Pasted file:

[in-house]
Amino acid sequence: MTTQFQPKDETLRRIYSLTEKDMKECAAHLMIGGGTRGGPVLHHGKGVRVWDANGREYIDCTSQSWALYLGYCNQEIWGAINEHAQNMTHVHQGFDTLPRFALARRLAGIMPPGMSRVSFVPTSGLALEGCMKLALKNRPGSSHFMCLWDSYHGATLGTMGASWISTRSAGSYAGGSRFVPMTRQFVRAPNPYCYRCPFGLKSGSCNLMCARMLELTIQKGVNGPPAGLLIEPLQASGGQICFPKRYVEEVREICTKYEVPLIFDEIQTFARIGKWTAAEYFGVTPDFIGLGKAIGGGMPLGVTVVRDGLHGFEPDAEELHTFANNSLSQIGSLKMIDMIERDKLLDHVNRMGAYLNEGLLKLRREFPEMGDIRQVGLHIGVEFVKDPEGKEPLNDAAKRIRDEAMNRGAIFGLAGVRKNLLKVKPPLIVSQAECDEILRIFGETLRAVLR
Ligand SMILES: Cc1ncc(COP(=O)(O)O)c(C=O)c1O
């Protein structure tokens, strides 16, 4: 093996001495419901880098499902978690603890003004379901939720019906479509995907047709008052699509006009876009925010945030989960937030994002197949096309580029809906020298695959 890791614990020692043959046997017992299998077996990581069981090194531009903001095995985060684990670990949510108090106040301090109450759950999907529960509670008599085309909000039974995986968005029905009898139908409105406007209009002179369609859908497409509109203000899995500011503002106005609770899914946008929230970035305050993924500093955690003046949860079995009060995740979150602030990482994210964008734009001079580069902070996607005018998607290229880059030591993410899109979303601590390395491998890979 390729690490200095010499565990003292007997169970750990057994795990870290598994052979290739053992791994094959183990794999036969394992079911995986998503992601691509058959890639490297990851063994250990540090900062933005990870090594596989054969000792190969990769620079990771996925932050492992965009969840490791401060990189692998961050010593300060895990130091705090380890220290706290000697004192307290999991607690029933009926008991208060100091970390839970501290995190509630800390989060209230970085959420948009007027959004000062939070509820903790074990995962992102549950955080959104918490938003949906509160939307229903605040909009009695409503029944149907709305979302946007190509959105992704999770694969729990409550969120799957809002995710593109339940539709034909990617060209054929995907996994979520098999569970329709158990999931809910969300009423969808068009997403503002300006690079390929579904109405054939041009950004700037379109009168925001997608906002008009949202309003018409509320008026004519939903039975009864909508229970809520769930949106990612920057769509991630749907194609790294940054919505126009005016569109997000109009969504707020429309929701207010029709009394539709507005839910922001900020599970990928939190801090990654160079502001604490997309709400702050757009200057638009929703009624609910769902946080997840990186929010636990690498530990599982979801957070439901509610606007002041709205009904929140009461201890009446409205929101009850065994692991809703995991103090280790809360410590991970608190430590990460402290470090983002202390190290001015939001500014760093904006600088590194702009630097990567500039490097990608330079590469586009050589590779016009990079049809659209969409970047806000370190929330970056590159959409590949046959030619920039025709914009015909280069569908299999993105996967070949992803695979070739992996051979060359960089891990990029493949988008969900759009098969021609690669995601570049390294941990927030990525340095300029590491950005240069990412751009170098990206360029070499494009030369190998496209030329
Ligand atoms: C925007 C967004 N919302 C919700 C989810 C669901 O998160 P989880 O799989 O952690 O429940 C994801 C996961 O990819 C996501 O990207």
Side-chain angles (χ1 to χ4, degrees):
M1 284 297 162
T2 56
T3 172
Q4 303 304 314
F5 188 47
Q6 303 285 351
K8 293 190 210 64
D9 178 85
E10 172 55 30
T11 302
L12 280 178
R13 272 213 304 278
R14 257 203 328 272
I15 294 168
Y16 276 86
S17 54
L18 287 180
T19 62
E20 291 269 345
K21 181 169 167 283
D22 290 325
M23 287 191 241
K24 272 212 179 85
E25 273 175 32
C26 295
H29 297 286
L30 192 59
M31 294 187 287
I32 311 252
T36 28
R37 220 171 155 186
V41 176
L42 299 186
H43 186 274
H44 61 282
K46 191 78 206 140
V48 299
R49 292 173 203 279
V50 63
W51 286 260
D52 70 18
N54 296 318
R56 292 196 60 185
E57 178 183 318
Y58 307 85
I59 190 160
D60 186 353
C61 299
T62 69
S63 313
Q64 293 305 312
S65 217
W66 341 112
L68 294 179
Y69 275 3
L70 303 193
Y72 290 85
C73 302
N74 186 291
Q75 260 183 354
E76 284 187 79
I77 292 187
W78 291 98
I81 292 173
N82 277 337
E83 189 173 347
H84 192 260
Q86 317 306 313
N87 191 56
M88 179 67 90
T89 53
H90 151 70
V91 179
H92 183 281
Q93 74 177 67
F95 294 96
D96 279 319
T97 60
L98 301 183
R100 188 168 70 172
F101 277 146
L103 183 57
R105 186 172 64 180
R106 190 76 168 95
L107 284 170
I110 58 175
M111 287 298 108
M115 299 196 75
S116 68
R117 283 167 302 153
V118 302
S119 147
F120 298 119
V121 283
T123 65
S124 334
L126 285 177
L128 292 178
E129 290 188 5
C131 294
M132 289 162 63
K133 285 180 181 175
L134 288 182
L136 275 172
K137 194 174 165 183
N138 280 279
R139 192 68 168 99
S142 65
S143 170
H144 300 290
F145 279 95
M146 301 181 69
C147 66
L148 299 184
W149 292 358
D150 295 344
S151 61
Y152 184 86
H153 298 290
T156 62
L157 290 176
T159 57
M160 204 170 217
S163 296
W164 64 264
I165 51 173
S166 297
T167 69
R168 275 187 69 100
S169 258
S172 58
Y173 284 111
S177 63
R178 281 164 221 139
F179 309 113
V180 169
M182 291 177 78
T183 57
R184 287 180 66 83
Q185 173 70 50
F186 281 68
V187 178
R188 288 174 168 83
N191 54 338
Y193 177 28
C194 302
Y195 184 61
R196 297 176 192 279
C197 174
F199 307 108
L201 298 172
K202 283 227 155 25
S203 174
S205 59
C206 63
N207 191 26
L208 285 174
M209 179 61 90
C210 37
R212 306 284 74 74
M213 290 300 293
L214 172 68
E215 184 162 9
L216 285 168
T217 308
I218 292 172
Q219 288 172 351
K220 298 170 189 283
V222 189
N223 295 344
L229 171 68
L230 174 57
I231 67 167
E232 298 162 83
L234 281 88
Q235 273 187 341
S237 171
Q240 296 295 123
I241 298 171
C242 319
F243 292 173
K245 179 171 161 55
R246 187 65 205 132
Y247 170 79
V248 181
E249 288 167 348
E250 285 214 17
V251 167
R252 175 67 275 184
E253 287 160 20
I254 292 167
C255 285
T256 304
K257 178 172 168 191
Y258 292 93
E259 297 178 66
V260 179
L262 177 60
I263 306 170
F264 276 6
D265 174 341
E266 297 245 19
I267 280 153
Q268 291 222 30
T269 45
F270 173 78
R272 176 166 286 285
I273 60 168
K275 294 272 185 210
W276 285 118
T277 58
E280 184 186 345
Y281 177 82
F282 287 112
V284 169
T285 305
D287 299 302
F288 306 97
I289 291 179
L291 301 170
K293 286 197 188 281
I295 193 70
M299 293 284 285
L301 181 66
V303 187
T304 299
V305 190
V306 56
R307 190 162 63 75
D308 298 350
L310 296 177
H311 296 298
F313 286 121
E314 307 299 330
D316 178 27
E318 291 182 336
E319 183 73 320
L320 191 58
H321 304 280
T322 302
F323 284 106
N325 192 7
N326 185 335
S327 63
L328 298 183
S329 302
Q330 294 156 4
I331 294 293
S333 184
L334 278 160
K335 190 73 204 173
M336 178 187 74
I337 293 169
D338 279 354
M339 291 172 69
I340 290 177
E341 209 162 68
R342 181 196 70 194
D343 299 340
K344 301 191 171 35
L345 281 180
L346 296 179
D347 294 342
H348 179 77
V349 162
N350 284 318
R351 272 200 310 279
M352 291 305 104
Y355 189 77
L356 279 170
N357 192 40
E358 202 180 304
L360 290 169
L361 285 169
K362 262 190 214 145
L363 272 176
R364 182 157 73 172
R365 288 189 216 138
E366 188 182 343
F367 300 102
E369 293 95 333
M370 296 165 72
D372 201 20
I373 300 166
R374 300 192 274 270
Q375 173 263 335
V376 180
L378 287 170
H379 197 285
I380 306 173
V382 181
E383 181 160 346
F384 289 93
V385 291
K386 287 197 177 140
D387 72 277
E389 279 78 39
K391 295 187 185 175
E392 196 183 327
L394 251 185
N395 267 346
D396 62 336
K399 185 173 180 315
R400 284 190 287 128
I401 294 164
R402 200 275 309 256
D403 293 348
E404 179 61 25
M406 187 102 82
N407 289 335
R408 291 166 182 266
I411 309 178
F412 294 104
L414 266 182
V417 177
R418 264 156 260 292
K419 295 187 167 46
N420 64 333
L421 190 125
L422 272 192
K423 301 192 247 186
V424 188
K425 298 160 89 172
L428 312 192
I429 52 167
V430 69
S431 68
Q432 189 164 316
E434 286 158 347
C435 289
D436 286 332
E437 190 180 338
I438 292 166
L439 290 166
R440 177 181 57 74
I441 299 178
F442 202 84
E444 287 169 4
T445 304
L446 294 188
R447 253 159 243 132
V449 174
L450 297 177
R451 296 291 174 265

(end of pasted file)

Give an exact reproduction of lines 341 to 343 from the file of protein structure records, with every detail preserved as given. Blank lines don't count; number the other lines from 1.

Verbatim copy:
R440 177 181 57 74
I441 299 178
F442 202 84